ESX IP STORAGE TROUBLESHOOTING BEST PRACTICE

VMware has released a new White paper about ESXi IP storage troubleshooting.

In this paper, we:
• Describe how you can analyze packet traces to identify functional and performance issues in an
ESX IP storage environment.
• Compare packet capture alternatives, and explain why we recommend an inline optical network
tap connected to a packet capture system.
• Present the challenges of 10G packet capture, and describe key features of commercial 10G
capture solutions.
• Describe the design of an inexpensive, self-assembled 10G packet capture solution optimized for
troubleshooting that you can build relatively easily. We also describe our experience with multiple
prototypes of this design, which we have used in our ESX IP storage testbeds for NFS and iSCSI
performance for many years.
• Present examples of analyzing packet traces to solve ESX performance issues for NFSv41, software
iSCSI over IPv6, and hardware iSCSI.

ESX-IP-storage-troubleshooting.pdf

ESXi show details about ramdisk usage

The command below will let you check the space that is free on the host for each of the ramdisk mount points. It also shows you the usage of inodes per ramdisk.

system visorfs ramdisk list	List the RAM disks used by the host.
~ # esxcli system visorfs ramdisk list
Ramdisk Name  System  Include in Coredumps   Reserved      Maximum       Used  Peak Used  Free  Reserved Free  Maximum Inodes  Allocated Inodes  Used Inodes  Mount Point
------------  ------  --------------------  ---------  -----------  ---------  ---------  ----  -------------  --------------  ----------------  -----------  ---------------------------
root            true                  true  32768 KiB    32768 KiB   3916 KiB   4076 KiB  88 %           88 %            8192              8192         5257  /
etc             true                  true  28672 KiB    28672 KiB    504 KiB    712 KiB  98 %           98 %            4096              1024          527  /etc
tmp            false                 false   2048 KiB   196608 KiB  29620 KiB  65016 KiB  84 %            0 %            8192              8192         3770  /tmp
hostdstats     false                 false      0 KiB  1078272 KiB  94324 KiB  99624 KiB  91 %            0 %            8192                32            5  /var/lib/vmware/hostd/stats

The comand below will give more details about a single ramdisk.

vsish -e get /system/visorfs/ramdisks/[RAMDISK-NAME]/stats

Example for root ramdisk

~ # vsish -e get /system/visorfs/ramdisks/root/stats
VisorFS ramdisk {
   Min:32 MB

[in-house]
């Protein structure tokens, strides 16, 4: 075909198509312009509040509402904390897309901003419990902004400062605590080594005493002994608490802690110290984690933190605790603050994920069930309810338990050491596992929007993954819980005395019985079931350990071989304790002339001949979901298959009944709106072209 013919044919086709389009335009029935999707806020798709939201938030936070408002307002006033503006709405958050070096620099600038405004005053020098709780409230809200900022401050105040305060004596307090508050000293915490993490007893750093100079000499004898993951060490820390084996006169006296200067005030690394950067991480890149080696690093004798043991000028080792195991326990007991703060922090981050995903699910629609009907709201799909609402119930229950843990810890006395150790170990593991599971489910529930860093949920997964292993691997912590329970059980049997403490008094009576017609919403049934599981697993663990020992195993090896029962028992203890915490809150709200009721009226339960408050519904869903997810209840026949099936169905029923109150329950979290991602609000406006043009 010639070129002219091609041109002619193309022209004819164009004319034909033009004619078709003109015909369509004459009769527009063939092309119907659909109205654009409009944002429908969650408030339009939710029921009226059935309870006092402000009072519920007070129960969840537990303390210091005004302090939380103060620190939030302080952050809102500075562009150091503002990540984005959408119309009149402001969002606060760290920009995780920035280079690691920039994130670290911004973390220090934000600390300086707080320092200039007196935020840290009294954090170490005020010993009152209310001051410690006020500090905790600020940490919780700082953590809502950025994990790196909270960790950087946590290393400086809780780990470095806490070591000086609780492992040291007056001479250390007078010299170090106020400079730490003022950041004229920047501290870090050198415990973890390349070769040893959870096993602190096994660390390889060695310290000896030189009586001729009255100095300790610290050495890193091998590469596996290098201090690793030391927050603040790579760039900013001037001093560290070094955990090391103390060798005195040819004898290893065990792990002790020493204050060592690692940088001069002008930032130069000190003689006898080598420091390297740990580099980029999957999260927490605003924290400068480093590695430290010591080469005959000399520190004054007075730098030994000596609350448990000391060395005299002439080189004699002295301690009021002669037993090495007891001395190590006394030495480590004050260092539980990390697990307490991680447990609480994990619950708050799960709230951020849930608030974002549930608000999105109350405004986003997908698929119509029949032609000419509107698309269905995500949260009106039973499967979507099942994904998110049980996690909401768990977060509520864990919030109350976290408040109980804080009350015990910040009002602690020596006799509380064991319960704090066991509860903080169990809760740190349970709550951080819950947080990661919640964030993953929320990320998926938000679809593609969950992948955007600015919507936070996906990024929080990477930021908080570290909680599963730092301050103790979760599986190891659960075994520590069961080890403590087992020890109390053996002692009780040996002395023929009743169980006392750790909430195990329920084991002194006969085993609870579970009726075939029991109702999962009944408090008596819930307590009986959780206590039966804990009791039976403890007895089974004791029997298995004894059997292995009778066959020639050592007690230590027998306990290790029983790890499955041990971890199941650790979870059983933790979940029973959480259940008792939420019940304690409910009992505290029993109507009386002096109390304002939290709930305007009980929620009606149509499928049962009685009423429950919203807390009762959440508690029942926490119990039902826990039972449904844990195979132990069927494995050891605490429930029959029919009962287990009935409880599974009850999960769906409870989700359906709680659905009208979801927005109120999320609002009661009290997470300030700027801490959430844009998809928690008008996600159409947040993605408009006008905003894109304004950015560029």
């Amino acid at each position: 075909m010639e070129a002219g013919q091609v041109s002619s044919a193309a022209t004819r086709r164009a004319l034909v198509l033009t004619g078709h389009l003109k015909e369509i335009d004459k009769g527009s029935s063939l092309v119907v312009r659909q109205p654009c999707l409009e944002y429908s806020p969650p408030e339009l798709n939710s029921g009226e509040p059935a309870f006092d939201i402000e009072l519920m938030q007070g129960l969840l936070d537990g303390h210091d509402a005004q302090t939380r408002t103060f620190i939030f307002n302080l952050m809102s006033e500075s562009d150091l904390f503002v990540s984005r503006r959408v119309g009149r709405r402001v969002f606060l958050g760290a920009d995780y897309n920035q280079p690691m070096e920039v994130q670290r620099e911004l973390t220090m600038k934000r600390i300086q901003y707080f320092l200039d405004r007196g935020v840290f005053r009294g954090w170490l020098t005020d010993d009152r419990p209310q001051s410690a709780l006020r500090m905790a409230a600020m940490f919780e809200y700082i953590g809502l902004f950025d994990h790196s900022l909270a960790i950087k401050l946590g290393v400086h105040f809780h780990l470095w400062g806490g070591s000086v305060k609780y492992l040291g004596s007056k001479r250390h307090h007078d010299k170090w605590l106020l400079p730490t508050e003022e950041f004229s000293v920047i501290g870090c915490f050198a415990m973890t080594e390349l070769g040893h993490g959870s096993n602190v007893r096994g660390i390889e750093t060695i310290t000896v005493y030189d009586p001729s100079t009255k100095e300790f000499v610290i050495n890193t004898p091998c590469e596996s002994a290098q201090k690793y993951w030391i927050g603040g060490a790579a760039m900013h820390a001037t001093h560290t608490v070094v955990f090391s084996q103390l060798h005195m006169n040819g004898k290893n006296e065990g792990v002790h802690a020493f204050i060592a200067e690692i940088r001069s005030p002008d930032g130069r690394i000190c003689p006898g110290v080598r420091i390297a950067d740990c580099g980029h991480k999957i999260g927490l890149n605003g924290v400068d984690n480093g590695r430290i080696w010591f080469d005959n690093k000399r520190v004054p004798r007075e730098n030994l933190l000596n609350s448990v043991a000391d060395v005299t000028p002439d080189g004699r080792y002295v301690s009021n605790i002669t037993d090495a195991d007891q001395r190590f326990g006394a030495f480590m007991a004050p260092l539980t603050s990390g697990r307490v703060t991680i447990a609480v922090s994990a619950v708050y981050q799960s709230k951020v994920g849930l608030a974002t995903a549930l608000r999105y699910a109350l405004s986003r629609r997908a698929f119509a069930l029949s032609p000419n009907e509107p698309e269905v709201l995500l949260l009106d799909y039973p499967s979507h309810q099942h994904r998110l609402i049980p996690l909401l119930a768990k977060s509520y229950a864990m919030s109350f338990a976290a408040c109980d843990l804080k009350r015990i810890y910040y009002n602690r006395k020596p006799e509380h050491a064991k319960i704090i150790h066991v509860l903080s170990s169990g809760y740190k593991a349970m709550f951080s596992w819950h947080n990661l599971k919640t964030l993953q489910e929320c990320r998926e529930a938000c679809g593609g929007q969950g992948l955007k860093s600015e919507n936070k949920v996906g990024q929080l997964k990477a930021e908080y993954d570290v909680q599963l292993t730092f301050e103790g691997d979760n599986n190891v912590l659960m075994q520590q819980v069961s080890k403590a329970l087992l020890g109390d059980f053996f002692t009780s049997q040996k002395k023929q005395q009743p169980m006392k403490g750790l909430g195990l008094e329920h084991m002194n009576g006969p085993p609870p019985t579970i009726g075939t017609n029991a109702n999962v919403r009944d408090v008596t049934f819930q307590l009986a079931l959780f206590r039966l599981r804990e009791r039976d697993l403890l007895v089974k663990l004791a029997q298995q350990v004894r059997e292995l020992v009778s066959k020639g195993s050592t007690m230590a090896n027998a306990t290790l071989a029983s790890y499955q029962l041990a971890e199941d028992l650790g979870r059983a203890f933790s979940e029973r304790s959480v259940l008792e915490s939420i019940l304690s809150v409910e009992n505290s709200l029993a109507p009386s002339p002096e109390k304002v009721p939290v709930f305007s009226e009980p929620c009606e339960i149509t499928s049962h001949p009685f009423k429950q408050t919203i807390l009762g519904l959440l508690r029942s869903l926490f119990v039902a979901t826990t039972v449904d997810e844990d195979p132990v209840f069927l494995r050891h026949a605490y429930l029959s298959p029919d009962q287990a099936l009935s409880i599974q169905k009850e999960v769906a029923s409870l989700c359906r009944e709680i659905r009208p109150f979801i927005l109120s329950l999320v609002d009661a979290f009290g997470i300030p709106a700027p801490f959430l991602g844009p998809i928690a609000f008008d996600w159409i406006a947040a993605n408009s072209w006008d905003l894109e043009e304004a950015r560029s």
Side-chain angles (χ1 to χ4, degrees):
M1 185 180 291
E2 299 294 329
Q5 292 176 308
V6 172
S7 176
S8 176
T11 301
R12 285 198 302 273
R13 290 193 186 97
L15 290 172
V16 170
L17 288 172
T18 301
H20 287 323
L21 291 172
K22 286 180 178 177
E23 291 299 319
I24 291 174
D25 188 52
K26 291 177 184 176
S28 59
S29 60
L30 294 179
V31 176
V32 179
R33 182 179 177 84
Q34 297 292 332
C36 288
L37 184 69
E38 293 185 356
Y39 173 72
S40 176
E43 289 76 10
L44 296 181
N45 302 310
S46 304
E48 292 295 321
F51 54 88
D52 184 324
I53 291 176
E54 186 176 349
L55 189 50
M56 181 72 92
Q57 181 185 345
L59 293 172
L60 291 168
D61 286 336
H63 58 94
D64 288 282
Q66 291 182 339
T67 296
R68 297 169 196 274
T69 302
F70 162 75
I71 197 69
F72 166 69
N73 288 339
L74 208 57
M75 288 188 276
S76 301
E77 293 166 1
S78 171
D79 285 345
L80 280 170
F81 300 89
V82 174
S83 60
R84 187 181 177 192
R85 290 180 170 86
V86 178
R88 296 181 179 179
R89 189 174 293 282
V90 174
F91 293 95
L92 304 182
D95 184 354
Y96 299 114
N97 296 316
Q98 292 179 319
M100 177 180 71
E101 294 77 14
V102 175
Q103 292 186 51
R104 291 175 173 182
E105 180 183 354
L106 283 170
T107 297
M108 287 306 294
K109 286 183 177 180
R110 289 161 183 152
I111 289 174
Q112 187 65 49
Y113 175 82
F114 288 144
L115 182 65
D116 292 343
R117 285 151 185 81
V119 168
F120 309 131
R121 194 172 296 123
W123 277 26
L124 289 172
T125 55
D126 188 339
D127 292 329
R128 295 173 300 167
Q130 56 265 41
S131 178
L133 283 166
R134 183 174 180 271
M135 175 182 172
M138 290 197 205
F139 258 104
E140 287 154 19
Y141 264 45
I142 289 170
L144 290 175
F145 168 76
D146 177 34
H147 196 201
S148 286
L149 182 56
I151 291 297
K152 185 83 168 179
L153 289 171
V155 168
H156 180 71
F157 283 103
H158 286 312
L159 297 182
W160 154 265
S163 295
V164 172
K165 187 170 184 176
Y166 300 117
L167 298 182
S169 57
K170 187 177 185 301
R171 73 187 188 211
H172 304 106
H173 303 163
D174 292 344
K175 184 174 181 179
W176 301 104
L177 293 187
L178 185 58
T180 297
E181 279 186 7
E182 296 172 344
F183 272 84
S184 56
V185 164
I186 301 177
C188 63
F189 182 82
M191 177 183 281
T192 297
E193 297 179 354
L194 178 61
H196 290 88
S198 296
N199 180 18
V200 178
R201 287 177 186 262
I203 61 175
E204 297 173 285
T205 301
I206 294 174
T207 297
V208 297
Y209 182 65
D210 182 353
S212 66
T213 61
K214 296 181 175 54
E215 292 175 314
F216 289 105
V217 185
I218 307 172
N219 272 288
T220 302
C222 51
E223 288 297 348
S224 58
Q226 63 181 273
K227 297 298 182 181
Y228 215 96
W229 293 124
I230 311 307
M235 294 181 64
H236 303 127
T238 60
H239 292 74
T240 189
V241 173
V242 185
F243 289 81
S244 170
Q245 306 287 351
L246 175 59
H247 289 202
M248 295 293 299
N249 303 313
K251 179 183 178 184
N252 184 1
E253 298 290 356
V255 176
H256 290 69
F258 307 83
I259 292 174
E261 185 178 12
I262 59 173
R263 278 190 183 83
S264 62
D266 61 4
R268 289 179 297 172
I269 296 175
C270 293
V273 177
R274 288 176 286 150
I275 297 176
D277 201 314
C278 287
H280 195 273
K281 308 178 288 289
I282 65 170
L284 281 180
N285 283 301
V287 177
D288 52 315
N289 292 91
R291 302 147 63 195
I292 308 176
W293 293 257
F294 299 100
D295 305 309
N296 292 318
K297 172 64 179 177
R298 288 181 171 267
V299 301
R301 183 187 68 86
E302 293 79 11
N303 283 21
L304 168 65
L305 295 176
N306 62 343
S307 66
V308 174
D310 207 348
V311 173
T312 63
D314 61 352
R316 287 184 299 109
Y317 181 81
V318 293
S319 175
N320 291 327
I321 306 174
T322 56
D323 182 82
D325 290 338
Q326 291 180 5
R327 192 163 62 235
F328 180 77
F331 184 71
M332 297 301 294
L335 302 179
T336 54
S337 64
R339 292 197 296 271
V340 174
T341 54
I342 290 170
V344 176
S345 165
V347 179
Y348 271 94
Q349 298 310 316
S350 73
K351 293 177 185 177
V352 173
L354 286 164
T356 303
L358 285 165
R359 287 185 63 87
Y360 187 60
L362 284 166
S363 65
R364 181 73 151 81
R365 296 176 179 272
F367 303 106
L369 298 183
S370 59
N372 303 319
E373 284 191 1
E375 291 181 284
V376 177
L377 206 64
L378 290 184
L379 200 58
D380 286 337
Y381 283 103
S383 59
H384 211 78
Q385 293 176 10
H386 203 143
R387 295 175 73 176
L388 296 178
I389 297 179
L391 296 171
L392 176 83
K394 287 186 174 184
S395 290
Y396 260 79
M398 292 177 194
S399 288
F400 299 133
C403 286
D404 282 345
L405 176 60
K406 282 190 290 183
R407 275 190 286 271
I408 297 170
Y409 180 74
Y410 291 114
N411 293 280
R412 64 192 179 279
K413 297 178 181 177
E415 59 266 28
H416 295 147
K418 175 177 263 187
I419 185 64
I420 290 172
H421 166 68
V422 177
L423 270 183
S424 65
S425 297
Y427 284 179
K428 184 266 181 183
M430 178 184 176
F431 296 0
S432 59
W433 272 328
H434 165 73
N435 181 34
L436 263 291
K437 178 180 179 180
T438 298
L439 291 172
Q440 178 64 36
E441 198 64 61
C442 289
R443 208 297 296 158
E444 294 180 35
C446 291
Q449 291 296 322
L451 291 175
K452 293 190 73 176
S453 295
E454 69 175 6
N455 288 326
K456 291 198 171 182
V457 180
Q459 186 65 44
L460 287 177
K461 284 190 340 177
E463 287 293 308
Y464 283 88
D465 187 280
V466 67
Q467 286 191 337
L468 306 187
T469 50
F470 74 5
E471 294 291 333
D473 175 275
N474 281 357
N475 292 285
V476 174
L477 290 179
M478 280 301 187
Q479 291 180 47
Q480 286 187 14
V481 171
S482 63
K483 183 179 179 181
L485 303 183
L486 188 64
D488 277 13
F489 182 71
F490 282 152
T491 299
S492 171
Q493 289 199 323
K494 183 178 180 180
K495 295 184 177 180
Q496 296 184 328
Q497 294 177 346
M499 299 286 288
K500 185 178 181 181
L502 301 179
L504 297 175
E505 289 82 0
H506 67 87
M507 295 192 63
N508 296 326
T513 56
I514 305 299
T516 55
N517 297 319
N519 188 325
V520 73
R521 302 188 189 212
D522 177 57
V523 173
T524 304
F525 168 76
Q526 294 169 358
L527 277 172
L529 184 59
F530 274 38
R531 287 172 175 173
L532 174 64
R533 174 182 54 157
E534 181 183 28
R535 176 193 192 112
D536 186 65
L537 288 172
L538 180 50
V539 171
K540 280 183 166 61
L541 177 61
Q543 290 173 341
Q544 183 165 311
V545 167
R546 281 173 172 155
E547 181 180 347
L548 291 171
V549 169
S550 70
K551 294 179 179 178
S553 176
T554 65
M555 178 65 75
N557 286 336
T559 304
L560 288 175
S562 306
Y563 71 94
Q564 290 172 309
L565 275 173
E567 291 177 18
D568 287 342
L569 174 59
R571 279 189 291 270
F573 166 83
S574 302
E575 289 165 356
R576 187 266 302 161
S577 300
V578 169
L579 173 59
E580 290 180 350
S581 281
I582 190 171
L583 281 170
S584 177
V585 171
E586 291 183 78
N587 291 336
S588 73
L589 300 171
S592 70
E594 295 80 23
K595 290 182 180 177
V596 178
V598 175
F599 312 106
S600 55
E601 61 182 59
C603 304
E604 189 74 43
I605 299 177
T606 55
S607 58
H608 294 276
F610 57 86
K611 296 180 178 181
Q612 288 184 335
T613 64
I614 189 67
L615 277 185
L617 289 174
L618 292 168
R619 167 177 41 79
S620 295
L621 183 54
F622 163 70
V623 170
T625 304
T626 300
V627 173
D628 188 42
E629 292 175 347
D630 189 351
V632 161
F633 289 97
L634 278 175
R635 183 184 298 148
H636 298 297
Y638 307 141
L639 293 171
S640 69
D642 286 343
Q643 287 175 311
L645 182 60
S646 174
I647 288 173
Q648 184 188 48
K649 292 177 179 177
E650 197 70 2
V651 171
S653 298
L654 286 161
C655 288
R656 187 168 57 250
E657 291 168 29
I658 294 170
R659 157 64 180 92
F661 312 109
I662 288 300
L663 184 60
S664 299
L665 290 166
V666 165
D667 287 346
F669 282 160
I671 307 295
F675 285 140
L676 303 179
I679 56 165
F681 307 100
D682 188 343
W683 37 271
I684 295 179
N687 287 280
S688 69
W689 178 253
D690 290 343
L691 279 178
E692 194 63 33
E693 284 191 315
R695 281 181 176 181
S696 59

Max:32 MB
   Number of pages used:979
   Max number of pages used:1019
   Mem group ID:157
   Root inode:0
   Dump on coredump:1
   System:1
   Mount point inode:-6
   Root path:/
   First inode of ramdisk:0
   Max number of inodes:8192
   Number of allocated/initialized inodes:8192
   Number of used inodes:5263
   Max number of used inodes:8192
}

Example for tmp ramdisk

~ # vsish -e get /system/visorfs/ramdisks/tmp/stats
VisorFS ramdisk {
   Min:2 MB
   Max:192 MB
   Number of pages used:7405
   Max number of pages used:16254
   Mem group ID:1014
   Root inode:12288
   Dump on coredump:0
   System:0
   Mount point inode:8
   Root path:/tmp
   First inode of ramdisk:12288
   Max number of inodes:8192
   Number of allocated/initialized inodes:8192
   Number of used inodes:3770
   Max number of used inodes:8192
}

This will help you to troubleshoot out of disk space or out of inodes issues on a ESXi.

In one of my next posts I will go into details how to troubleshoot inode issues on a ESXi.

NetApp NFS APD issues – reduction of MaxQueueDepth

If you face APD’s in your environment you can follow the KB below to possible improve the situation.

http://kb.vmware.com/kb/2016122
https://kb.netapp.com/support/index?page=content&id=1014696

When using NFS datastores on some NetApp NFS filer models on an ESXi/ESX host, you experience these symptoms:
* The NFS datastores appear to be unavailable (grayed out) in vCenter Server, or when accessed through the vSphere Client
* The NFS shares reappear after few minutes
* Virtual machines located on the NFS datastore are in a hung/paused state when the NFS datastore is unavailable
* This issue is most often seen after a host upgrade to ESXi 5.x or the addition of an ESXi 5.x host to the environment but can also occur in vSphere 6 environment.

/var/log/vmkernel.log

NFSLock: 515: Stop accessing fd 0xc21eba0 4
NFS: 283: Lost connection to the server 192.168.100.1 mount point /vol/datastore01, mounted as bf7ce3db-42c081a2-0000-000000000000 (“datastore01”)
NFSLock: 477: Start accessing fd 0xc21eba0 again
NFS: 292: Restored connection to the server 192.168.100.1 mount point /vol/datastore01, mounted as bf7ce3db-42c081a2-0000-000000000000 (“datastore01”)
T

Additionally VMware released a new Patch for ESXi 5.5 / 6 which contains improvements of the NFS implementation which should make the ESXi more resilient to APDs.

You can find an great overview on the following sites. ESXi 5.5 Patches and ESXi 6 Patches

Besides running the latest version of ESXi it is highly recommended to apply the NetApp NFS vSphere recommendations.